• androphiles

          I think you mean don’t equate them. To equivocate is to use confusing language in order to deceive.

          I don’t equate physics with religion. I said my lack of understanding of physics makes it as impenetrable to me as I find religion. I get that for those who do understand it there are proofs.

          • JSebastian

            That was not very clear from your post, because of your phrasing. If you had merely said that you’d never been able to grasp quantum physics, then the meaning you claim you intended would have been more clear. But you said that you viewed it as being the same as a faith system, which was the basis of my objection to it.

            But you’re correct, I should have advised not to equate the two. :)

            • androphiles

              No, in fact I didn’t say I viewed it (quantum physics) as “being the same as” a faith system. I said I couldn’t grasp it “as anything more than” that. I very carefully refrained from characterizing it at all, speaking instead of my own perception, or lack thereof.
              Cheers.

        • Hominid

          “Equivocate”? Did you mean ‘equate’?

          BTW, math requires enormous faith which is, as often, as silly as religious faith.

          • Bob

            Math is a tool, a language, not a doctrine that requires belief or faith.

            • Hominid

              You couldnt be more wrong. Math assumes (depends totally on faith) that one knows the nature of the unit – which, of course, one never does.

    • Taylor Golmon

      The answer is probably staring us right in the face.

      • Hominid

        ‘It’ is always “staring us right in the face” – we live in ‘it.’ But, can we see it?

    • George Raina
    • Jarrod

      I’m not sure if this helps build an intuition, but fluid dynamics can provide a macro-sized model of quantum effects:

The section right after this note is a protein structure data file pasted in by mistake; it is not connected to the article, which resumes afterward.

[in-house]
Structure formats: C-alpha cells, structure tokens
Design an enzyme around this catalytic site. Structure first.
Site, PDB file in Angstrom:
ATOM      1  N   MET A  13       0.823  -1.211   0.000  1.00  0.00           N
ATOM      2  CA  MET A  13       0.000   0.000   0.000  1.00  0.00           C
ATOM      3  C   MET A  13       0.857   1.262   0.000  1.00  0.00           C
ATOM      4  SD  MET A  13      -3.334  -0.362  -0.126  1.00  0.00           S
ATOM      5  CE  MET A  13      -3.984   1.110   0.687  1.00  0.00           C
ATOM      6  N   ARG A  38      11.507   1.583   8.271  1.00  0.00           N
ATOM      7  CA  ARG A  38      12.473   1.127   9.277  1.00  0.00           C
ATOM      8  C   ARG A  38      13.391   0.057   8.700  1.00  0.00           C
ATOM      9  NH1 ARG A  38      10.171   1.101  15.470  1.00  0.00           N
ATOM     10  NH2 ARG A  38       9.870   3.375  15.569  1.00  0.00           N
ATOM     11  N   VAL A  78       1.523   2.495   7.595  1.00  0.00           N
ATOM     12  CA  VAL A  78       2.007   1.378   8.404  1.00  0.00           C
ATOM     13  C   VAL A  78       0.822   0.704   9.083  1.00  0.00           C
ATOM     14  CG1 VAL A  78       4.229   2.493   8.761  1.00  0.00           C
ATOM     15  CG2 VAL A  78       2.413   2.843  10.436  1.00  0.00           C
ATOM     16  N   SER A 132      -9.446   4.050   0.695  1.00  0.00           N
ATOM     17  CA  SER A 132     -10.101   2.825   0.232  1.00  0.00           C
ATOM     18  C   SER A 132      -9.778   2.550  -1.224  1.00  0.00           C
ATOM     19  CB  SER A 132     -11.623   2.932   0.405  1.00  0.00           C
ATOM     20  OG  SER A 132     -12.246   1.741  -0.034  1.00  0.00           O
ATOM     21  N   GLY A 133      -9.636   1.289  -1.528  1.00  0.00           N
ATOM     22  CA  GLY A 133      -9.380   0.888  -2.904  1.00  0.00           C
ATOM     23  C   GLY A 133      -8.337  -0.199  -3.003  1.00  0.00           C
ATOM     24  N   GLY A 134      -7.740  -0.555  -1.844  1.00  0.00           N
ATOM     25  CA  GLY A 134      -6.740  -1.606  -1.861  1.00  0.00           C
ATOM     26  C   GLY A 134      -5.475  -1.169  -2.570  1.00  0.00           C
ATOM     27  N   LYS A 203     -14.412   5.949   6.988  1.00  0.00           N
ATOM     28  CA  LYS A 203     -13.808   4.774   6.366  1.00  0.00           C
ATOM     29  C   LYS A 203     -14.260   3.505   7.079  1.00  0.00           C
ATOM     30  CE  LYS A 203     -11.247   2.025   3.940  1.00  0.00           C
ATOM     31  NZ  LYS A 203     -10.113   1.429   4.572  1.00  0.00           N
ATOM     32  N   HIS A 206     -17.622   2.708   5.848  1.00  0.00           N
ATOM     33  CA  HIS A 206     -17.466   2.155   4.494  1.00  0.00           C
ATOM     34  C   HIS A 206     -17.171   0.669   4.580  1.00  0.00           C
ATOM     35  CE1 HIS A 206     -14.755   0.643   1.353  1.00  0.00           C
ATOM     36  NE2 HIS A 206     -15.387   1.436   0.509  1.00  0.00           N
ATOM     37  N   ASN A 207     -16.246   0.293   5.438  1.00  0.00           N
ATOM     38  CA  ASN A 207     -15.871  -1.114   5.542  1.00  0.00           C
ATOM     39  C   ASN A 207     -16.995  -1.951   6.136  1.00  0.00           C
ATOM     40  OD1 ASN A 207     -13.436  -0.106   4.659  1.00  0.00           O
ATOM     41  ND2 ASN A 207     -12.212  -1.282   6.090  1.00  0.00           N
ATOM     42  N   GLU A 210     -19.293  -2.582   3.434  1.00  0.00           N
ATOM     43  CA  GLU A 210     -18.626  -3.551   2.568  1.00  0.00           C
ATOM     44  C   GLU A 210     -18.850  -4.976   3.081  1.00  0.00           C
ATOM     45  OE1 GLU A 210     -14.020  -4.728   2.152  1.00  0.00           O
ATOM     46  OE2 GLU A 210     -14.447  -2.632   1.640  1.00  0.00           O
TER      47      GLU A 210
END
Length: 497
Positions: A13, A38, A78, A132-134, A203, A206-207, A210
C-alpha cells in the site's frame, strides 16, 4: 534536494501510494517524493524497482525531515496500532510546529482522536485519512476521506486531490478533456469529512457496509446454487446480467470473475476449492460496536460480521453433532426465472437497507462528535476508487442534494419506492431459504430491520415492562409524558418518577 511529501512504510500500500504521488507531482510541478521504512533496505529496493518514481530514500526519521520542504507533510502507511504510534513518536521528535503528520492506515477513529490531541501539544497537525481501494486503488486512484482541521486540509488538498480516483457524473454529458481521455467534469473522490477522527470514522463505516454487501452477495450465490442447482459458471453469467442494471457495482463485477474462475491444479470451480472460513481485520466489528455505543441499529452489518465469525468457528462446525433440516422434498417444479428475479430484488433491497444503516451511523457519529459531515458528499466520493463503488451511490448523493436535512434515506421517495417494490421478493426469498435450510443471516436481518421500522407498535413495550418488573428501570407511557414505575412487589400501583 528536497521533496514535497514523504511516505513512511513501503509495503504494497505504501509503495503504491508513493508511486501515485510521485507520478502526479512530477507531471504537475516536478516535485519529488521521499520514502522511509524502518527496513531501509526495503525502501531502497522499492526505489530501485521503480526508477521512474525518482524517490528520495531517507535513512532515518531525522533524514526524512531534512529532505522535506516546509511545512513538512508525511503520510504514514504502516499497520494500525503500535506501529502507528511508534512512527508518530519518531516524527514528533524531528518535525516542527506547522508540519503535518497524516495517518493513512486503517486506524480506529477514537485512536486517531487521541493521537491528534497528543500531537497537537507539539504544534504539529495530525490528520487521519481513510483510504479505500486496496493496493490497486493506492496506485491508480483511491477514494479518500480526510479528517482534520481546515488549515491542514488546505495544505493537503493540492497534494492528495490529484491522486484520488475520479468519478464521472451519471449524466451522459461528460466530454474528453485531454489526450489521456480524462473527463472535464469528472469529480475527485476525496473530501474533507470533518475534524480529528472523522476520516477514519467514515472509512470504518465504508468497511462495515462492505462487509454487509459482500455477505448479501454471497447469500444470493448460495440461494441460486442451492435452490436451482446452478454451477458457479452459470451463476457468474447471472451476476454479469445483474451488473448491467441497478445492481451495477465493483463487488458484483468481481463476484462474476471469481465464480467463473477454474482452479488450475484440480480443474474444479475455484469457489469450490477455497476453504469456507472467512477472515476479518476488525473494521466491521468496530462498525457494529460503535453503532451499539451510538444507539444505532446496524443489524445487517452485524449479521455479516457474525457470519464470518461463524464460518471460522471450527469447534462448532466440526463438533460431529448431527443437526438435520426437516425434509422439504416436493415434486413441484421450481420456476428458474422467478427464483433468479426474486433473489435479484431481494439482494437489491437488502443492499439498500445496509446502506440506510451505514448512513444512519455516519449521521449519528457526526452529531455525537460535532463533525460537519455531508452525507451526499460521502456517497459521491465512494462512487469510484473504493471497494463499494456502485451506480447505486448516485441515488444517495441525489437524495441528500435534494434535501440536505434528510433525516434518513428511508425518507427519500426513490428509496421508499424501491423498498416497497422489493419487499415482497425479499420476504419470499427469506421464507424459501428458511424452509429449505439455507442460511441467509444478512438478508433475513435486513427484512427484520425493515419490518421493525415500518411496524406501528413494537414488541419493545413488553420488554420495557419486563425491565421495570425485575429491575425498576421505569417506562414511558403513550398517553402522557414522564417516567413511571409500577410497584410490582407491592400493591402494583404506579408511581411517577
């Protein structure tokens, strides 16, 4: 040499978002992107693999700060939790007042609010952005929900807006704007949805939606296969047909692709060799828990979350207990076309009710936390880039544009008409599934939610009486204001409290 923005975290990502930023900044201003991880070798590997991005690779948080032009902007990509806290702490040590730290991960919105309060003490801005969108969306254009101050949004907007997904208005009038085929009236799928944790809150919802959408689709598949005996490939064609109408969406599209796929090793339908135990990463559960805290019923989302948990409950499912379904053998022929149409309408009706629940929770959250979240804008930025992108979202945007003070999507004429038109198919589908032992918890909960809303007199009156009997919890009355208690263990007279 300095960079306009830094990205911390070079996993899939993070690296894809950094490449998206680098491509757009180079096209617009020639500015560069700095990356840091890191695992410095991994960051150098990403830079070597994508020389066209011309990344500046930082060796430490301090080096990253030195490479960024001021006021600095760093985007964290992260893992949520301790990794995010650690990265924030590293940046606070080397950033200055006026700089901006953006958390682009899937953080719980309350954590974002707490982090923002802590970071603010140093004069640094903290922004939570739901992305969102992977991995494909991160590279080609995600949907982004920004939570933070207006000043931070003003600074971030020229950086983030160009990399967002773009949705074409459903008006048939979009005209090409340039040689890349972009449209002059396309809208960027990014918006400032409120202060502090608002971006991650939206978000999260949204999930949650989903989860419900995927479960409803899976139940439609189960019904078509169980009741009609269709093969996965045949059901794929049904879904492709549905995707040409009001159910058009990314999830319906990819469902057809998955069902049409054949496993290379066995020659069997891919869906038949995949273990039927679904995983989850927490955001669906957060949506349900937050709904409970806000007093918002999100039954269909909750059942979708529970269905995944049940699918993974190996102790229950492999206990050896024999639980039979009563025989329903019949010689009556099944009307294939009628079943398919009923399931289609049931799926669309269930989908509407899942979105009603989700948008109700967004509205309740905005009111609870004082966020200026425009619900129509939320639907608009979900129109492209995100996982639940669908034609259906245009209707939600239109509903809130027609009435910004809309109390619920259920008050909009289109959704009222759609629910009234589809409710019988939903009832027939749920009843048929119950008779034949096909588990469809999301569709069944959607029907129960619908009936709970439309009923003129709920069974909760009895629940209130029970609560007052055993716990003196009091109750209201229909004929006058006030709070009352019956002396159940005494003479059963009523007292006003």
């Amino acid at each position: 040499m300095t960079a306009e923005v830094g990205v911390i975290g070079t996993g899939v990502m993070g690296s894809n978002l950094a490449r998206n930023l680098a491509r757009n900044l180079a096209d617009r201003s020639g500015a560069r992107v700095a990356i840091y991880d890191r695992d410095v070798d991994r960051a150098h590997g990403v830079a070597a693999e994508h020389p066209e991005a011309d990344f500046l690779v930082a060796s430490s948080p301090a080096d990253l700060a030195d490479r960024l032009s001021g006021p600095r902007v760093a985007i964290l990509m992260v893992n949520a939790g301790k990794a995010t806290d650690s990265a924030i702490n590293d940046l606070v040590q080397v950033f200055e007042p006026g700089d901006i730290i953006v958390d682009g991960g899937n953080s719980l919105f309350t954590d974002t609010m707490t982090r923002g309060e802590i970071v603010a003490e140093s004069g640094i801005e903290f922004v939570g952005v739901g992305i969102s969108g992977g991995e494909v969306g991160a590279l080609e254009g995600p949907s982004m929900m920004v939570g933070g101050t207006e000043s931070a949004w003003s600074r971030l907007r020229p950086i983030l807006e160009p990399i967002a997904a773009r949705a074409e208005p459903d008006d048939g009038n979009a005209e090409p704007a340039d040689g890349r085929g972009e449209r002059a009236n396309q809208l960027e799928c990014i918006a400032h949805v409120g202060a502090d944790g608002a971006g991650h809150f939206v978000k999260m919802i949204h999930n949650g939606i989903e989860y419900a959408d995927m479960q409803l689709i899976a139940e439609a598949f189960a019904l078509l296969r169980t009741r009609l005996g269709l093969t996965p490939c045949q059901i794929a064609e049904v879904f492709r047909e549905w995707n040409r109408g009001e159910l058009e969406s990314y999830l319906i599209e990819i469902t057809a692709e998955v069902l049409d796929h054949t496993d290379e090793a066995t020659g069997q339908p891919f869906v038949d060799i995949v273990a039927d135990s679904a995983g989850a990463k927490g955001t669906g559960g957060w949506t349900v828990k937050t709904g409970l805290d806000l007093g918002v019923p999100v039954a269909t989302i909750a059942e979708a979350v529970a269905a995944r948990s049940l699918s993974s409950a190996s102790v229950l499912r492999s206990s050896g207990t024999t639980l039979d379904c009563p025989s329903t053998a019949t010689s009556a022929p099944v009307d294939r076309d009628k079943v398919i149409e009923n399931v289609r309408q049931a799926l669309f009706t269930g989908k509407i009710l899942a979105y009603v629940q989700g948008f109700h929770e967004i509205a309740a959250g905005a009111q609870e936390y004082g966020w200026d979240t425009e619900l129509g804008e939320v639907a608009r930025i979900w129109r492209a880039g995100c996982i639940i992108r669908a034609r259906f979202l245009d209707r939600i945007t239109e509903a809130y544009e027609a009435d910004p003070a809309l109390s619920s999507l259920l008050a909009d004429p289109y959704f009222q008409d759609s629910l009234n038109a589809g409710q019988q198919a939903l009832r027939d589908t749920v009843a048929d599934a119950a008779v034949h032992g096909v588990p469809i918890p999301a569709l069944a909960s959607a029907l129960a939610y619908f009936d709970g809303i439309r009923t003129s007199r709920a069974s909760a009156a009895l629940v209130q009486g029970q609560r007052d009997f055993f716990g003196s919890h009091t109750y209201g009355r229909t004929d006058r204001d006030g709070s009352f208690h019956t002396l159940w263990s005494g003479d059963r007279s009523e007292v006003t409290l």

http://newsoffice.mit.edu/2013/when-fluid-dynamics-mimic-quantum-mechanics-0729
      http://www.simonsfoundation.org/quanta/20140624-fluid-tests-hint-at-concrete-quantum-reality/

    • http://sebastianconcept.com/ sebastian concept >>>

      I really enjoyed this article. It makes a great case against neophobia in favor of neophilia

    • noone

      quantum intuition is possible only when you “do not have a point of view”.when you stop making comments , this means no past and no future , you become the cognition (awereness) itself and know things from inside out.what i am talking about is not for understanding.if you think that you understood it you understood it wrong.if you think it is nonsense , you are wrong two times :) because at first you thought that you understood it , and then you thought what you understood was nonsense :)

      • yarharfiddlyfee

        There is nothing to report and noone to report it.

    • JamesM

      I’ll never think any religion is crazy after reading this article. Do they real believe this?

      • QuantumIsRight

        No, we don’t “believe” it, we KNOW it. Quantum Mechanics is the hardiest and has more evidence than pretty much any other theory, 100+ years of experiments and observations have proved it

        • JamesM

          You know that when you look at something, then the thing you look at changes.
          You know that non-sense about this guys cat, and the pigeons, and pigeon holes.
          Man you are way out their.

          • Hominid

            Science is the attempt to reconcile the coincidence between the mind – which is limited – and that which exists outside the mind. That’s hard to do when all you have to work with is a limited mind.

          • QuantumIsRight

            Yes! Read a damn book!

    • Erica

      Nice article. This is exactly the motivation for the game Meqanic, which seeks to build your quantum intuition as you progress. You should try it out: http://appstore.com/meqanic

    • Anonymous

      I agree, we must retain our capacity for wonder. There are some scientists who feel we should stop trying to visualize these concepts and be satisfied that the math is consistent with experimental results. But many of us yearn for something more. With every shred of knowledge gained about the fundamental workings of the universe we become ecstatic at the prospect of learning just a little bit more of not just how we are here, but why.

      In tackling this visualization problem, maybe we should begin by exploring Einstein’s unease with particle behavior st the quantum level. Certainly these concepts are more mainstream now and the scientific positivism prefacing Einstein’s discoveries has given way to a more qualified positivism. But, that being said, do the inherent uncertainties presumably built into nature bother us like they did Einstein? Certainly we don’t experience bizarre quantum behavior at the macro level, but does it bother us that at its most fundamental level nature isn’t fixed?